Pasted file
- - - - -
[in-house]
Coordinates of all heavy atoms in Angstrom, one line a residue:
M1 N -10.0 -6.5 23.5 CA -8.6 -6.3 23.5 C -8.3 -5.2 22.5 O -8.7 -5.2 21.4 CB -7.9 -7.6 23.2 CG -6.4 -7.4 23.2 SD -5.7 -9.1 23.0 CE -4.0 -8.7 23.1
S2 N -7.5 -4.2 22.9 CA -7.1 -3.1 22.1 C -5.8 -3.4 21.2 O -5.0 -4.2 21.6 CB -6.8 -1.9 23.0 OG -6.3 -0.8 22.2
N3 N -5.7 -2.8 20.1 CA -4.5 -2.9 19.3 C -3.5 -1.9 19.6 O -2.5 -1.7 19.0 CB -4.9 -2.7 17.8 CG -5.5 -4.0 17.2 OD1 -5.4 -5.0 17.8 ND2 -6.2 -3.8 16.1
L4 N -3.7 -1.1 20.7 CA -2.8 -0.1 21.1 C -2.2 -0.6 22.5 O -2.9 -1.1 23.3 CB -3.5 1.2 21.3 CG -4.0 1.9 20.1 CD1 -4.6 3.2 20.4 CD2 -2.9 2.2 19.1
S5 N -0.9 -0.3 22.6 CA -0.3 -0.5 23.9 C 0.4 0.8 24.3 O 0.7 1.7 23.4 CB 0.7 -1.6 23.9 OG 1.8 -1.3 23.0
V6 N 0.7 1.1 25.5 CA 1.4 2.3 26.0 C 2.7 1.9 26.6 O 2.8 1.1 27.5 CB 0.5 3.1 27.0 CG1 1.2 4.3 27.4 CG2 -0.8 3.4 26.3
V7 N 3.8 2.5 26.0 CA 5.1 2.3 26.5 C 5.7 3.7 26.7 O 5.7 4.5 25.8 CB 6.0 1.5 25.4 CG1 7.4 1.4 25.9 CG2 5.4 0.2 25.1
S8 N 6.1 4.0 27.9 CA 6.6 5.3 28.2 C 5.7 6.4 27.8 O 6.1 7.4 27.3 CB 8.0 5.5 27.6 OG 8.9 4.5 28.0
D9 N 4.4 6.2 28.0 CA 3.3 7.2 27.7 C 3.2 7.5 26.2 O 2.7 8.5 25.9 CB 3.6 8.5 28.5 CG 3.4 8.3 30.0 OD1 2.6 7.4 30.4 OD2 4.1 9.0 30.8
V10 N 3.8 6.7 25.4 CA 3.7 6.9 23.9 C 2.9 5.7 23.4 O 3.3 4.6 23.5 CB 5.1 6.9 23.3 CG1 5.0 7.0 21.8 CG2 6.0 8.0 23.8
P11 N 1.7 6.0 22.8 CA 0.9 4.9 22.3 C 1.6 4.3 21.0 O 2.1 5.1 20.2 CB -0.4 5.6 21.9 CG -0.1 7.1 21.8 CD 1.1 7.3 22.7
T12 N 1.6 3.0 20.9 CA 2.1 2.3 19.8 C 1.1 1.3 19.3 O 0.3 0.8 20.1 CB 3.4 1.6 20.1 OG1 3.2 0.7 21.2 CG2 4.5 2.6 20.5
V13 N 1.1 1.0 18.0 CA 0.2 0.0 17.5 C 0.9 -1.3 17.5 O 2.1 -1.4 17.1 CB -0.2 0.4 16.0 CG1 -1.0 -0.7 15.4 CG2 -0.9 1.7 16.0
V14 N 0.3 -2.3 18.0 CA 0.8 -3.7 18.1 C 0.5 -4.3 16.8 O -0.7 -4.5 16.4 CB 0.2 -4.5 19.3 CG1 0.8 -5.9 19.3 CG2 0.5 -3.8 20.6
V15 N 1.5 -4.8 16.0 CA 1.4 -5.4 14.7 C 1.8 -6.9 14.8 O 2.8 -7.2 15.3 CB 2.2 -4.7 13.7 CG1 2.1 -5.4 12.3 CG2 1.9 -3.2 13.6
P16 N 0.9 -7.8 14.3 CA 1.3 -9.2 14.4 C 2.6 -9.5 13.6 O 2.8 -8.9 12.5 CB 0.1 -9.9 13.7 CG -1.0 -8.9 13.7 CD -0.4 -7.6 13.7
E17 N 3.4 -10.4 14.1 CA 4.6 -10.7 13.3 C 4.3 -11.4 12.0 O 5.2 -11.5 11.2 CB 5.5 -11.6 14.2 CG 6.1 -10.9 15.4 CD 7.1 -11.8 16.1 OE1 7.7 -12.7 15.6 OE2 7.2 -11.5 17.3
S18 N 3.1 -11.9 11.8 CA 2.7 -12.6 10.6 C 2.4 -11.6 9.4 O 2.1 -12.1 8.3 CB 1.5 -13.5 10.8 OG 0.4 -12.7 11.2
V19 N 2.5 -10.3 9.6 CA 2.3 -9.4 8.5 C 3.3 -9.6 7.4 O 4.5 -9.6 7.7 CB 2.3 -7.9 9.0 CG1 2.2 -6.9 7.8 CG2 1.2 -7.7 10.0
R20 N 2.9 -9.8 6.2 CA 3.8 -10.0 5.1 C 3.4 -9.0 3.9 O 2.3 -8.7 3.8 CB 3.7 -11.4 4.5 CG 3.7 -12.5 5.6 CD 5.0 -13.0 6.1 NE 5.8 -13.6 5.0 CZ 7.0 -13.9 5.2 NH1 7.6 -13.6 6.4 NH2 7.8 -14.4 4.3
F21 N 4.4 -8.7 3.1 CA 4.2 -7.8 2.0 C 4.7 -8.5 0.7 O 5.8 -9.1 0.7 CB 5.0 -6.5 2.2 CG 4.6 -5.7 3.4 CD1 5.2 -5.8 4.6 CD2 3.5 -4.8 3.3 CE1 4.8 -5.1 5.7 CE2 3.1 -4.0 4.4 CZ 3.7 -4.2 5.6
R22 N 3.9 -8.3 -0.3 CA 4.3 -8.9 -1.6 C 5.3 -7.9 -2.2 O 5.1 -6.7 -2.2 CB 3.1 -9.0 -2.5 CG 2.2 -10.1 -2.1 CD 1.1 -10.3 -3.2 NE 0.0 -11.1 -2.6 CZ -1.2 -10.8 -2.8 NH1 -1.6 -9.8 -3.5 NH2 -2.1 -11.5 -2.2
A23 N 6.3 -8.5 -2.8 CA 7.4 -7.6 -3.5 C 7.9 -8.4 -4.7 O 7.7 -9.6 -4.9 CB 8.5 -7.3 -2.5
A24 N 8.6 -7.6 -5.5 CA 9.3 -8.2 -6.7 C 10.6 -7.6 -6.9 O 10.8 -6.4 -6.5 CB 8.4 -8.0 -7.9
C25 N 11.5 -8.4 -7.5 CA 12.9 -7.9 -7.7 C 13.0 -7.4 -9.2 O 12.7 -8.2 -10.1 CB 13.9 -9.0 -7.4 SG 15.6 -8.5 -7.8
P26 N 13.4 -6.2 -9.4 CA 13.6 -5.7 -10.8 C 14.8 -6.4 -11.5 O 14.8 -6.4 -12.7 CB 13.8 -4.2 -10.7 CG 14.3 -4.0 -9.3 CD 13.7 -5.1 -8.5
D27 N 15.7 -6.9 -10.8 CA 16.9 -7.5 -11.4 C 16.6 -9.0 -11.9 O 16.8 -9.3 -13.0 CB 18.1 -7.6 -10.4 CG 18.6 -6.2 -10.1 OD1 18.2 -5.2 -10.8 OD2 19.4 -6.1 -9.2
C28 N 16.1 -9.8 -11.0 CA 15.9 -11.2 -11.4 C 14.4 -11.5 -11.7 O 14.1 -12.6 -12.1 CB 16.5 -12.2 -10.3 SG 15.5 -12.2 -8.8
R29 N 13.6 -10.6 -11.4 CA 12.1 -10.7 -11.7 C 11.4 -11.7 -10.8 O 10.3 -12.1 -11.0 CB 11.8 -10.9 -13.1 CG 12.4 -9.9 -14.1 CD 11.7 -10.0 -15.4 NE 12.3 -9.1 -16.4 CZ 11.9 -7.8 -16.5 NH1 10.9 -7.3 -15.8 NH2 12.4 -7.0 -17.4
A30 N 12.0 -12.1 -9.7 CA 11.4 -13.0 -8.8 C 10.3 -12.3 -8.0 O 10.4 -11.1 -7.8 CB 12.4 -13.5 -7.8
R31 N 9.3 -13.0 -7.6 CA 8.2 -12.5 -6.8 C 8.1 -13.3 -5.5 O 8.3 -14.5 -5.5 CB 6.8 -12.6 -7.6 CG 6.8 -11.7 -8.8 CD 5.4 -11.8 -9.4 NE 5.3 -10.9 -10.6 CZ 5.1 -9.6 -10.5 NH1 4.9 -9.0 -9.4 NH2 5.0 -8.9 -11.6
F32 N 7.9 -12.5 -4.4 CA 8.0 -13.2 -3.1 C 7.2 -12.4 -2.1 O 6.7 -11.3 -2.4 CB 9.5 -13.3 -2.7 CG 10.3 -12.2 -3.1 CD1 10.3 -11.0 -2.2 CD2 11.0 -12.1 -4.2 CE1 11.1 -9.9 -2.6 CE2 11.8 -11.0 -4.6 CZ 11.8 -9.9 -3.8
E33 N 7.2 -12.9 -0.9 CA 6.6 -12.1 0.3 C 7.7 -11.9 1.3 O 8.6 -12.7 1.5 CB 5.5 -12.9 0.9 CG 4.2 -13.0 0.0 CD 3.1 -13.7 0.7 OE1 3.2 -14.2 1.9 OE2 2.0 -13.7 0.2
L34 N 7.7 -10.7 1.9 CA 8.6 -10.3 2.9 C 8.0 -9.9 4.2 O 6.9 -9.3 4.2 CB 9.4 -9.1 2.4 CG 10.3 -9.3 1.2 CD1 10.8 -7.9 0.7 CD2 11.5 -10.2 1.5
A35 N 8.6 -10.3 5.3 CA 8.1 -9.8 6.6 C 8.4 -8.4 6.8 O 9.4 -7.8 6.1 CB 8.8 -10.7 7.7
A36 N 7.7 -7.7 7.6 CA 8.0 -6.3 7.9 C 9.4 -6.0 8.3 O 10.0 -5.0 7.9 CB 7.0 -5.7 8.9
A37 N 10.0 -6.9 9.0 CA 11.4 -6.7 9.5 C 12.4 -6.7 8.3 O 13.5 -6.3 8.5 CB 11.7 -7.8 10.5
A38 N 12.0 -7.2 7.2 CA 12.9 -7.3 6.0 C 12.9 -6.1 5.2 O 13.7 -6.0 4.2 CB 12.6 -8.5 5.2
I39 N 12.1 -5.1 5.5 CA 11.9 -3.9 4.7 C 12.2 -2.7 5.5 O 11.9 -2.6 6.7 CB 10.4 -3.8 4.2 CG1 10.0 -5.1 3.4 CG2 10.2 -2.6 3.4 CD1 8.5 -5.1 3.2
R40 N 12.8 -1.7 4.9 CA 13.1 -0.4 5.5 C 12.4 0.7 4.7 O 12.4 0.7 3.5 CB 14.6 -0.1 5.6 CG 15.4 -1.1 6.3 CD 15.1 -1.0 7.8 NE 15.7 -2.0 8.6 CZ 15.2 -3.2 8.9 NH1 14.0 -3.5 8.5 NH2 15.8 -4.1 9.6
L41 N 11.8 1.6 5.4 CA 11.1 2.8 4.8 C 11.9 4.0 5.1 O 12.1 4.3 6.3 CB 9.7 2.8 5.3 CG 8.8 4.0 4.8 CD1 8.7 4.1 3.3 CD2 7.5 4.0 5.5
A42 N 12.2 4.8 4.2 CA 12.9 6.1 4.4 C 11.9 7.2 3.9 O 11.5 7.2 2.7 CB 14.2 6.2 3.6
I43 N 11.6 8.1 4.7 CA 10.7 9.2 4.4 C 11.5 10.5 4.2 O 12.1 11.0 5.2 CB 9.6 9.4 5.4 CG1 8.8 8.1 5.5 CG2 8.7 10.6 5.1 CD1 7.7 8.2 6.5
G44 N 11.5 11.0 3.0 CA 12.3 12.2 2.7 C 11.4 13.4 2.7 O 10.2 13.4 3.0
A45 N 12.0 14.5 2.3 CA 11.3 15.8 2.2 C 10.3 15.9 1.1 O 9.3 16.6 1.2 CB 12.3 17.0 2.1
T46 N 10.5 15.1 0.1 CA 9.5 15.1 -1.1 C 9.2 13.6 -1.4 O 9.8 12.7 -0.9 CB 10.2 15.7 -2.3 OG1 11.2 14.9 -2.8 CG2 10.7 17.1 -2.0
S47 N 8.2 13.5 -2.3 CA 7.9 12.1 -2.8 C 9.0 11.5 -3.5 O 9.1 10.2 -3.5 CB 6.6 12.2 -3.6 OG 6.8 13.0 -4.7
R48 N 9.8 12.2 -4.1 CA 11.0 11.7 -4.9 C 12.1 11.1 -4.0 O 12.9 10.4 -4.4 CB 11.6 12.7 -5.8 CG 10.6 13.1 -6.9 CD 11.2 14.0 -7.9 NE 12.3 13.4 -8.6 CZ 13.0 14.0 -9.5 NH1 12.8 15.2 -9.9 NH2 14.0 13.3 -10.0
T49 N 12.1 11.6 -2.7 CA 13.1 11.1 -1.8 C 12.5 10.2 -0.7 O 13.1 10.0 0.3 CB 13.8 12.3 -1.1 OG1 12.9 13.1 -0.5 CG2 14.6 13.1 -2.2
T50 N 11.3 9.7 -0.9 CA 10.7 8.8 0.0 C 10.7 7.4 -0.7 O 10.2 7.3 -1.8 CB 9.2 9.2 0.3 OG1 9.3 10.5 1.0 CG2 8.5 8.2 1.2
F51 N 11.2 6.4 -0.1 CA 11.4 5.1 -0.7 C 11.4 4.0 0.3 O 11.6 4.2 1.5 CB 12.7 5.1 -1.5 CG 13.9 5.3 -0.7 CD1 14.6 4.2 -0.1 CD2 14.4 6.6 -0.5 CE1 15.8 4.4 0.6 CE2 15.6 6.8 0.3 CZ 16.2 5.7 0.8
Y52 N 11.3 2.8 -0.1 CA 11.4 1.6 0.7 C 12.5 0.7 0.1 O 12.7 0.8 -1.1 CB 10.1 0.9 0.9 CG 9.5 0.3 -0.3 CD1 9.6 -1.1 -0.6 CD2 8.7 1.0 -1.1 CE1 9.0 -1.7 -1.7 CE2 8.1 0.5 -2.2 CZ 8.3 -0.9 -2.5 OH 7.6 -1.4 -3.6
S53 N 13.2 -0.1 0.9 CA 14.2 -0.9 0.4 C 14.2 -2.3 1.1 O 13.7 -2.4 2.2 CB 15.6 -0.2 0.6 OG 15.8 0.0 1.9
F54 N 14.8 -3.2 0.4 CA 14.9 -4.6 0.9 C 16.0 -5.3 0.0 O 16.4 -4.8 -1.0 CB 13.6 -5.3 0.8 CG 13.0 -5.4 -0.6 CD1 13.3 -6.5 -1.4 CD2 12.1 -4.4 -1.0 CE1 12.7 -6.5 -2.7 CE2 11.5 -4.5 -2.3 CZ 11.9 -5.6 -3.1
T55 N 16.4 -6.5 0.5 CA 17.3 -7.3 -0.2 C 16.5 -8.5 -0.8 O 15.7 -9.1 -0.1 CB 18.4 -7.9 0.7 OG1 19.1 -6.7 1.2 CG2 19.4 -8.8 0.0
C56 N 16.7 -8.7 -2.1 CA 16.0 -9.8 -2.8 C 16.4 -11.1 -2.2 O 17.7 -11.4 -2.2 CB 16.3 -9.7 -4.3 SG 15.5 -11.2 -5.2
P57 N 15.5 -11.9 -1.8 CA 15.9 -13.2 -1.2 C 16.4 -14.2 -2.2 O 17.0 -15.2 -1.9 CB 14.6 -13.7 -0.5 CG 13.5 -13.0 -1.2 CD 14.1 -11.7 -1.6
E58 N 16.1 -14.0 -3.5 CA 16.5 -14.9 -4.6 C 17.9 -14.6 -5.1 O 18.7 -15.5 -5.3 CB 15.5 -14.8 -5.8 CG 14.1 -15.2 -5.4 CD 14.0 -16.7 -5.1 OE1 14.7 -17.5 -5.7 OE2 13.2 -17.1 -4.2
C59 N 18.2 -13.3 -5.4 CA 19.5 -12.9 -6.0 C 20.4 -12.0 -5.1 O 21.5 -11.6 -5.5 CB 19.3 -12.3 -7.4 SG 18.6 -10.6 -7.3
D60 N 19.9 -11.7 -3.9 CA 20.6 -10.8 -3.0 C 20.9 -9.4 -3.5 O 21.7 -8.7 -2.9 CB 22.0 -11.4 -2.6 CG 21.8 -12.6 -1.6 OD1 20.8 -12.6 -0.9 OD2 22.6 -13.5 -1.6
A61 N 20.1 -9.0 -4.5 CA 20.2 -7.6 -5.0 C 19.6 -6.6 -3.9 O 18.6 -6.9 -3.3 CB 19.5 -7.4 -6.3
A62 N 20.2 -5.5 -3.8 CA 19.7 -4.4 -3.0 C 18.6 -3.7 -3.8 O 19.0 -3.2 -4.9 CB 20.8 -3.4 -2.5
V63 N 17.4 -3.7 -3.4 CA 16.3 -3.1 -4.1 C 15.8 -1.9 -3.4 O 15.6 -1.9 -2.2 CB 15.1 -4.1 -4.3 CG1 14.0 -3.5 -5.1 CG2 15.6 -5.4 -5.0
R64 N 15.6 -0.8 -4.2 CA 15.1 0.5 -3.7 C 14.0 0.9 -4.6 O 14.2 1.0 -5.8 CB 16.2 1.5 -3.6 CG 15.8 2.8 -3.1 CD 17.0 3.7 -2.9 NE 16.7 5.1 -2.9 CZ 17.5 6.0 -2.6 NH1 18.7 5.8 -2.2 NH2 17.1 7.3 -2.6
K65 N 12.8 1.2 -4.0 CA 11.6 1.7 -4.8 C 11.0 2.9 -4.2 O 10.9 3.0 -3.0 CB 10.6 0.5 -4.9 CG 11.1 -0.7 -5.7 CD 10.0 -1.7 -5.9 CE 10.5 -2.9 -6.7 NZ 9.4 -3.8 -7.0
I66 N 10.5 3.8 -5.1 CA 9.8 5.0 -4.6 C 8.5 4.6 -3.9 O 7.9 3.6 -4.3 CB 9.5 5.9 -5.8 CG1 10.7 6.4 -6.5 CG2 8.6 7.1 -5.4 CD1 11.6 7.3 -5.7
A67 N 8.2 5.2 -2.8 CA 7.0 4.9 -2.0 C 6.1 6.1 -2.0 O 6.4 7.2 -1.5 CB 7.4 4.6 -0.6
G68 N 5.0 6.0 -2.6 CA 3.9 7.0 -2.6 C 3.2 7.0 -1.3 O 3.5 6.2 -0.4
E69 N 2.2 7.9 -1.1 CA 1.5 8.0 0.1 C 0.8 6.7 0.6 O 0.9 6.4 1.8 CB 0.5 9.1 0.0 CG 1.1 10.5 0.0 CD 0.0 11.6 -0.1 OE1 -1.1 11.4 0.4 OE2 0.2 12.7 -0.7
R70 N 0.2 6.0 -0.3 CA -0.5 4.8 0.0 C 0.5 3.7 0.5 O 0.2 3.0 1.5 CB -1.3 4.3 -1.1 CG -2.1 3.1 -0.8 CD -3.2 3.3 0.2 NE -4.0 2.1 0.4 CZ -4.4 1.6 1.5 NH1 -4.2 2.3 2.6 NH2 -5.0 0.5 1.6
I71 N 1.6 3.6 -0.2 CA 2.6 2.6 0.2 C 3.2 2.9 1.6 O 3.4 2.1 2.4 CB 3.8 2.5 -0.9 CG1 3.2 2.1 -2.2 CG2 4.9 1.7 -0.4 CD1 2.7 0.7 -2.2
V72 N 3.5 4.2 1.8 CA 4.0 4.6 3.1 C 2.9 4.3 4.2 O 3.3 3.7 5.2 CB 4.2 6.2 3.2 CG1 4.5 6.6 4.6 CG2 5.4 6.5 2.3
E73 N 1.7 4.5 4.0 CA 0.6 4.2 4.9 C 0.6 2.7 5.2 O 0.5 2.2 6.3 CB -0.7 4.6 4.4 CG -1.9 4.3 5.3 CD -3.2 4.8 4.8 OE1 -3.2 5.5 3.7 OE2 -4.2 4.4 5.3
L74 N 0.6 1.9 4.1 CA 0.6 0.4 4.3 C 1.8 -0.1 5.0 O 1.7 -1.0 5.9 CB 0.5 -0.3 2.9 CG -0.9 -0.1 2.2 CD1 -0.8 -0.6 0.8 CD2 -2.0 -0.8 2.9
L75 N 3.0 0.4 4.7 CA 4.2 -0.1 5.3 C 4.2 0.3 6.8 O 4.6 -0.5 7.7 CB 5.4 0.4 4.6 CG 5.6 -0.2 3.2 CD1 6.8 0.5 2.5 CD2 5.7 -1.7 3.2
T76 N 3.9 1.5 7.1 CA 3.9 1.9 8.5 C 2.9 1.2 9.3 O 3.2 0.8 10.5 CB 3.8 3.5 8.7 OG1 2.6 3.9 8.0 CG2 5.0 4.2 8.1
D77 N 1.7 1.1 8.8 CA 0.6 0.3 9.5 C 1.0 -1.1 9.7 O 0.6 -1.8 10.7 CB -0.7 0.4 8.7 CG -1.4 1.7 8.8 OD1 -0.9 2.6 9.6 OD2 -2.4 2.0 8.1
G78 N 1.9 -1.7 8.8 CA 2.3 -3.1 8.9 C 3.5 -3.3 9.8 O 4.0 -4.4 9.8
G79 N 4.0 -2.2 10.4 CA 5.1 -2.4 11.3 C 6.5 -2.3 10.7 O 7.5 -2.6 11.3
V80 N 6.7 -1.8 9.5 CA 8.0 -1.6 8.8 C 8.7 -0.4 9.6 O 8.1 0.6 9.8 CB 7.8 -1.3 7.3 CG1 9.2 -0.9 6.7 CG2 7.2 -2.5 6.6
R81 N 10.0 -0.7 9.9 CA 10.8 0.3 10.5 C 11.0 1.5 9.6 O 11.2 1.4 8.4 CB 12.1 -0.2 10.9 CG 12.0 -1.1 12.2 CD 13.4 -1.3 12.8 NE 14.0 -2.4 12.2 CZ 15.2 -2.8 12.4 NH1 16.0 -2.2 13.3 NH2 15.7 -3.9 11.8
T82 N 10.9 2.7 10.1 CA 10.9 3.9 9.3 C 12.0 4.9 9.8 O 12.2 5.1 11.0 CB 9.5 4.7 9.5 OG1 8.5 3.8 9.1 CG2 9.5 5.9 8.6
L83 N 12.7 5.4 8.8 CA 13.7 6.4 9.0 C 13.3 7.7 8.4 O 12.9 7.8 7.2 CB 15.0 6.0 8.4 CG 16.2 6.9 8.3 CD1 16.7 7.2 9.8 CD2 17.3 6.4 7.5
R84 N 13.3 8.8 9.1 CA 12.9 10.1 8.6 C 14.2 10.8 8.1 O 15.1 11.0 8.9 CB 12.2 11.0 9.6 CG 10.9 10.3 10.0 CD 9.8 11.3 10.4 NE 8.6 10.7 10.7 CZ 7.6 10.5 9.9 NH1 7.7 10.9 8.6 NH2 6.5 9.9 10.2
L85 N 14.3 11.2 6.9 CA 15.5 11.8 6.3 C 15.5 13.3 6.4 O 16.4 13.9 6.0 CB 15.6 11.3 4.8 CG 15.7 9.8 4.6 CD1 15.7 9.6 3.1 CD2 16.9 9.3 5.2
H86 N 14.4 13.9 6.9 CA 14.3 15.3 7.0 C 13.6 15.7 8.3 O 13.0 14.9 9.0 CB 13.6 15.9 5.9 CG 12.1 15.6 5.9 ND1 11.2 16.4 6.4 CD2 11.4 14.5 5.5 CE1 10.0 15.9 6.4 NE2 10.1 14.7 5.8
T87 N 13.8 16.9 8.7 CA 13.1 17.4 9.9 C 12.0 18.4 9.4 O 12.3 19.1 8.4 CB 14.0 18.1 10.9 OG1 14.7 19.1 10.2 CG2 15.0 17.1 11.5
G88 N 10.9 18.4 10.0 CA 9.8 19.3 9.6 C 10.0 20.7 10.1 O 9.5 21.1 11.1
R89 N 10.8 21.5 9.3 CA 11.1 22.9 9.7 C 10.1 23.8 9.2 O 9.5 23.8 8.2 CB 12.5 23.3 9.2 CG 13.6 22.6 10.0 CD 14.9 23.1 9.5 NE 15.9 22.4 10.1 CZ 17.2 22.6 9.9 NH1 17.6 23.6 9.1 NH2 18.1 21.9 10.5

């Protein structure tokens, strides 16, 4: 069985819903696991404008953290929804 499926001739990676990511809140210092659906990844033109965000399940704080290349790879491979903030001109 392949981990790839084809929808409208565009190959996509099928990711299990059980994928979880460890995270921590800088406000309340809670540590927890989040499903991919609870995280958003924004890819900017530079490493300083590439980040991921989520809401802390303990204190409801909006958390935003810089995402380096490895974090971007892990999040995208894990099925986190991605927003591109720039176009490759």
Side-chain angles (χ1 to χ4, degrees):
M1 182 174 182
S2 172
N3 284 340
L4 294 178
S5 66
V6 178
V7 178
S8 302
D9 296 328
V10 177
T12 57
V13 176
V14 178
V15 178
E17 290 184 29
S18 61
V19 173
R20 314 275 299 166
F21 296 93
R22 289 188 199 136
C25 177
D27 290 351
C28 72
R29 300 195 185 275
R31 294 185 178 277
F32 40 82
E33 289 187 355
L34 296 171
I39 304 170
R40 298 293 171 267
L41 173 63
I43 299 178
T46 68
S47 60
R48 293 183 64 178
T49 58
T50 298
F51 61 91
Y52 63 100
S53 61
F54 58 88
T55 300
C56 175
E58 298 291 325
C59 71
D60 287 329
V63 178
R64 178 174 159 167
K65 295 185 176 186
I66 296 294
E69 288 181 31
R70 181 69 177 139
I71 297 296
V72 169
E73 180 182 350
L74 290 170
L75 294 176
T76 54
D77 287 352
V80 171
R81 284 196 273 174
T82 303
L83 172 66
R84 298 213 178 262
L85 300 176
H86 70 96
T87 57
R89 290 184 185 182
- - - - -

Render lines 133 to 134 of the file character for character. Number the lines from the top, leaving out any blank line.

S53 61
F54 58 88